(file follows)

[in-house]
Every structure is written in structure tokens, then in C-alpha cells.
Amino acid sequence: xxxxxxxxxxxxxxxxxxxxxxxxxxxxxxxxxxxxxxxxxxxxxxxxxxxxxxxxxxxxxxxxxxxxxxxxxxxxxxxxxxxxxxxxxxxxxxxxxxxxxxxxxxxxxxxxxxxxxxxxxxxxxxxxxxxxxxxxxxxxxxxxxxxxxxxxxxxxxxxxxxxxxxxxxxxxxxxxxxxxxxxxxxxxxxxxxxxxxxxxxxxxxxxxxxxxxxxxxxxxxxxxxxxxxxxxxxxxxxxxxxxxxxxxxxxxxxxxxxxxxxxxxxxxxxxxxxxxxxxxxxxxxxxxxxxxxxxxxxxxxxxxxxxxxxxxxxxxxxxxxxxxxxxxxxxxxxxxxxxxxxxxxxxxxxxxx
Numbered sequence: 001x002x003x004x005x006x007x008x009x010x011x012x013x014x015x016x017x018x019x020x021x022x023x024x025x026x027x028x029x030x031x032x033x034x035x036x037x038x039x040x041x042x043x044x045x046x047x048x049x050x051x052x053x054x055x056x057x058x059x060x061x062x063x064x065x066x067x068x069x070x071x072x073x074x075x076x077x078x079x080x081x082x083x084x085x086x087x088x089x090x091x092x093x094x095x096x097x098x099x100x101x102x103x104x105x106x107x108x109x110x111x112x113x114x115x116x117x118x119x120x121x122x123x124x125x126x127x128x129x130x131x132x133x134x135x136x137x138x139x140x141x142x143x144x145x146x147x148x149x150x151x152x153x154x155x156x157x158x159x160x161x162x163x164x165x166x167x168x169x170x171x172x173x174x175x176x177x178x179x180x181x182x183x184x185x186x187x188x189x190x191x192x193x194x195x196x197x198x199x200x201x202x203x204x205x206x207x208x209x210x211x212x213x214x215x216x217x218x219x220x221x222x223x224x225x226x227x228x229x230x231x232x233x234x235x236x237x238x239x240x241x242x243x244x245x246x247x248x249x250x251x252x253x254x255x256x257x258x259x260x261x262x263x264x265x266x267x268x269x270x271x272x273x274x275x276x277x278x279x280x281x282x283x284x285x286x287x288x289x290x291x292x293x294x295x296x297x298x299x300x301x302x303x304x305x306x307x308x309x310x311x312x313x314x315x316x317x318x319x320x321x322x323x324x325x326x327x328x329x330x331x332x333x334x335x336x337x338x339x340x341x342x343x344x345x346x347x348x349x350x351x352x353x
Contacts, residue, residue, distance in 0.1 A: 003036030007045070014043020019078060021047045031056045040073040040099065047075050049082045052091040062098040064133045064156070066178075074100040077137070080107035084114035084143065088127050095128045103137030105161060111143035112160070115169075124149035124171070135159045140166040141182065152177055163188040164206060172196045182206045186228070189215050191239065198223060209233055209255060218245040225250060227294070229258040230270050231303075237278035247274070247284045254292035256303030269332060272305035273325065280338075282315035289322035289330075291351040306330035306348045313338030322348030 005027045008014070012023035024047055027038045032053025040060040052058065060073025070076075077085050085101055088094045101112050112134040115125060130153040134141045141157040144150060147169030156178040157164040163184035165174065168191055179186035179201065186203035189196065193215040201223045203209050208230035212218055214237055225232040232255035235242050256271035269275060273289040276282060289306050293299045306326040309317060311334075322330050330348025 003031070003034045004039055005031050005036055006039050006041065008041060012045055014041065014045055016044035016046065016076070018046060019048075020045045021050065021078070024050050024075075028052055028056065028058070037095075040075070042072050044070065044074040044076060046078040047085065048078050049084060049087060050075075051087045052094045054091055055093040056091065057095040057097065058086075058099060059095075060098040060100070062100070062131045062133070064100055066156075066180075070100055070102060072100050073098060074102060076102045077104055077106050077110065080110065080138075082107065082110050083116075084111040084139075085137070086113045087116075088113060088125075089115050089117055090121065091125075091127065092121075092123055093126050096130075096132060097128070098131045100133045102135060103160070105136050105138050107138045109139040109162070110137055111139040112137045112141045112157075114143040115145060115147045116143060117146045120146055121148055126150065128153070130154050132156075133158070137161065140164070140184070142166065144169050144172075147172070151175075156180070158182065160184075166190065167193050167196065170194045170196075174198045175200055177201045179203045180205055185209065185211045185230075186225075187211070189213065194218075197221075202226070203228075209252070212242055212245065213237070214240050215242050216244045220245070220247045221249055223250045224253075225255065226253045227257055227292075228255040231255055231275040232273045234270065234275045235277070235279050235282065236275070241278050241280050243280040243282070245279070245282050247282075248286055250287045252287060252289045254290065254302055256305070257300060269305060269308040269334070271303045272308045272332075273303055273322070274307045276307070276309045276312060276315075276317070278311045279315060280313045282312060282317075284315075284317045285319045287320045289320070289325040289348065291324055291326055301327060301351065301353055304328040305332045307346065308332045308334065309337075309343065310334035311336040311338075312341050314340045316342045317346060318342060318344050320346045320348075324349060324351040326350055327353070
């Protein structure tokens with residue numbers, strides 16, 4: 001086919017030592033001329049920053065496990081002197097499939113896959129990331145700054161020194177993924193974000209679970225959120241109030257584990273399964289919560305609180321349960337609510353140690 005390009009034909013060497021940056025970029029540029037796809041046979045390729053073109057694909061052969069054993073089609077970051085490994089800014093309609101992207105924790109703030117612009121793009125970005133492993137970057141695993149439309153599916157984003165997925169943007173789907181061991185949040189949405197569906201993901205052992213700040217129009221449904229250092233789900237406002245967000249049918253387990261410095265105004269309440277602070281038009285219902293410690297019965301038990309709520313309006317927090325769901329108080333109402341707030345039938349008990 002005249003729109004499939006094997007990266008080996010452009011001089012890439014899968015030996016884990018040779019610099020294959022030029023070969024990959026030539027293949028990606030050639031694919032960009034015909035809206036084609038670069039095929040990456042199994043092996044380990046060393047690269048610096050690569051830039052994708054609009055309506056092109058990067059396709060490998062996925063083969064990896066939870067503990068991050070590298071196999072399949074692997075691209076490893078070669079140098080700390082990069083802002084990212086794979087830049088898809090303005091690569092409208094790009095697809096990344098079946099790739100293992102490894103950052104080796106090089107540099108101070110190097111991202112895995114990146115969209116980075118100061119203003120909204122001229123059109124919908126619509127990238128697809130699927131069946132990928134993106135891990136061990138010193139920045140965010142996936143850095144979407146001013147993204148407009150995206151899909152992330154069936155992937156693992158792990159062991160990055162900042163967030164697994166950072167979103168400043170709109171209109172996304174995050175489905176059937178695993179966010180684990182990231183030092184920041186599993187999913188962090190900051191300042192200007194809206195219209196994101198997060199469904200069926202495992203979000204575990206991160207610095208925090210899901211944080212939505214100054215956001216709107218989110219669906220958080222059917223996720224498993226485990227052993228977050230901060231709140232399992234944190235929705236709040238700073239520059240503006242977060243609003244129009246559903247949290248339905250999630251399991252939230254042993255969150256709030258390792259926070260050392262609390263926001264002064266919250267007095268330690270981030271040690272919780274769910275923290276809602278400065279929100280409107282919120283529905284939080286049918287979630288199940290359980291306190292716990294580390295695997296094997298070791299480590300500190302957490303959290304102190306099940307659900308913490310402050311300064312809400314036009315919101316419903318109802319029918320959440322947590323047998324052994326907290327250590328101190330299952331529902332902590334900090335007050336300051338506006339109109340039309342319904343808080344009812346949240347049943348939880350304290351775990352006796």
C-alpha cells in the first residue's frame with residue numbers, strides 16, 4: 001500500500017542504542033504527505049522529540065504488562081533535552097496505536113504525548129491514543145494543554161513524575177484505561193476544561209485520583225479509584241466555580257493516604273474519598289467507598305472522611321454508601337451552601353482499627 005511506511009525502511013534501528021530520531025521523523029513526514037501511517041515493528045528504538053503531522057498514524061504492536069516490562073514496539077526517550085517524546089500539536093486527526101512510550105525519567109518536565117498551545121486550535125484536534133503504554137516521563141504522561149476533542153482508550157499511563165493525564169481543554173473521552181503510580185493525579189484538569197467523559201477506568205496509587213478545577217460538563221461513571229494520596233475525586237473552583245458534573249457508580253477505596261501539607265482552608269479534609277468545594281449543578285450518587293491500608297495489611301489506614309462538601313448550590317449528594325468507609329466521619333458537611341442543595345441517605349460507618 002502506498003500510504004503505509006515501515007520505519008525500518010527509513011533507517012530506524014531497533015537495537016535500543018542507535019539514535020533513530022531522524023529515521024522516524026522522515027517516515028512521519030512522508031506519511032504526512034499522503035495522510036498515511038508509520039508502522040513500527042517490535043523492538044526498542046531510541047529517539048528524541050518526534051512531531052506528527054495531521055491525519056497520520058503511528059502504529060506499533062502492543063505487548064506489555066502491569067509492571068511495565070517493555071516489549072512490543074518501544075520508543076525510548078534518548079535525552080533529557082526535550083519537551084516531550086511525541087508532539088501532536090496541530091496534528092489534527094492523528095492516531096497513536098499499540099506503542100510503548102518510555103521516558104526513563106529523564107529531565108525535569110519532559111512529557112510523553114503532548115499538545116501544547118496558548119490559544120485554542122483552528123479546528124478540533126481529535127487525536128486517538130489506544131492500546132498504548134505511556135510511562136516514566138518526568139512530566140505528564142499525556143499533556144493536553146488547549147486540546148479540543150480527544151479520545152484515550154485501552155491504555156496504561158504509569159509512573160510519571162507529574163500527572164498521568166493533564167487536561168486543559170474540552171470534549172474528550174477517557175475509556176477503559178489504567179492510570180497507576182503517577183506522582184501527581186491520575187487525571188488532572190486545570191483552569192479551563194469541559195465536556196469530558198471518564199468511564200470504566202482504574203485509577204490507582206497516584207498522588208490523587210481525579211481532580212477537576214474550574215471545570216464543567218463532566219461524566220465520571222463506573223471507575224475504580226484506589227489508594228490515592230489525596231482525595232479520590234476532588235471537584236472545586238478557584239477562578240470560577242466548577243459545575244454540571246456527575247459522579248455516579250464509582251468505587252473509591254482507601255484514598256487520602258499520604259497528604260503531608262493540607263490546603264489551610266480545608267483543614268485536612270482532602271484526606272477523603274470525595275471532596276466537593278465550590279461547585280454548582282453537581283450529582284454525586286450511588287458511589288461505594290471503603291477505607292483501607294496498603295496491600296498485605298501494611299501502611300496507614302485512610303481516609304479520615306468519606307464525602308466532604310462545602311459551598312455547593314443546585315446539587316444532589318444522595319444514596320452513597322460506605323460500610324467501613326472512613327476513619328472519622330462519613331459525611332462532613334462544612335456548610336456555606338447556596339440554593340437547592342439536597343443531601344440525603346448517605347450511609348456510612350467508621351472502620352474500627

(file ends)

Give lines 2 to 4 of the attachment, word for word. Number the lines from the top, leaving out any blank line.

Every structure is written in structure tokens, then in C-alpha cells.
Amino acid sequence: xxxxxxxxxxxxxxxxxxxxxxxxxxxxxxxxxxxxxxxxxxxxxxxxxxxxxxxxxxxxxxxxxxxxxxxxxxxxxxxxxxxxxxxxxxxxxxxxxxxxxxxxxxxxxxxxxxxxxxxxxxxxxxxxxxxxxxxxxxxxxxxxxxxxxxxxxxxxxxxxxxxxxxxxxxxxxxxxxxxxxxxxxxxxxxxxxxxxxxxxxxxxxxxxxxxxxxxxxxxxxxxxxxxxxxxxxxxxxxxxxxxxxxxxxxxxxxxxxxxxxxxxxxxxxxxxxxxxxxxxxxxxxxxxxxxxxxxxxxxxxxxxxxxxxxxxxxxxxxxxxxxxxxxxxxxxxxxxxxxxxxxxxxxxxxxxx
Numbered sequence: 001x002x003x004x005x006x007x008x009x010x011x012x013x014x015x016x017x018x019x020x021x022x023x024x025x026x027x028x029x030x031x032x033x034x035x036x037x038x039x040x041x042x043x044x045x046x047x048x049x050x051x052x053x054x055x056x057x058x059x060x061x062x063x064x065x066x067x068x069x070x071x072x073x074x075x076x077x078x079x080x081x082x083x084x085x086x087x088x089x090x091x092x093x094x095x096x097x098x099x100x101x102x103x104x105x106x107x108x109x110x111x112x113x114x115x116x117x118x119x120x121x122x123x124x125x126x127x128x129x130x131x132x133x134x135x136x137x138x139x140x141x142x143x144x145x146x147x148x149x150x151x152x153x154x155x156x157x158x159x160x161x162x163x164x165x166x167x168x169x170x171x172x173x174x175x176x177x178x179x180x181x182x183x184x185x186x187x188x189x190x191x192x193x194x195x196x197x198x199x200x201x202x203x204x205x206x207x208x209x210x211x212x213x214x215x216x217x218x219x220x221x222x223x224x225x226x227x228x229x230x231x232x233x234x235x236x237x238x239x240x241x242x243x244x245x246x247x248x249x250x251x252x253x254x255x256x257x258x259x260x261x262x263x264x265x266x267x268x269x270x271x272x273x274x275x276x277x278x279x280x281x282x283x284x285x286x287x288x289x290x291x292x293x294x295x296x297x298x299x300x301x302x303x304x305x306x307x308x309x310x311x312x313x314x315x316x317x318x319x320x321x322x323x324x325x326x327x328x329x330x331x332x333x334x335x336x337x338x339x340x341x342x343x344x345x346x347x348x349x350x351x352x353x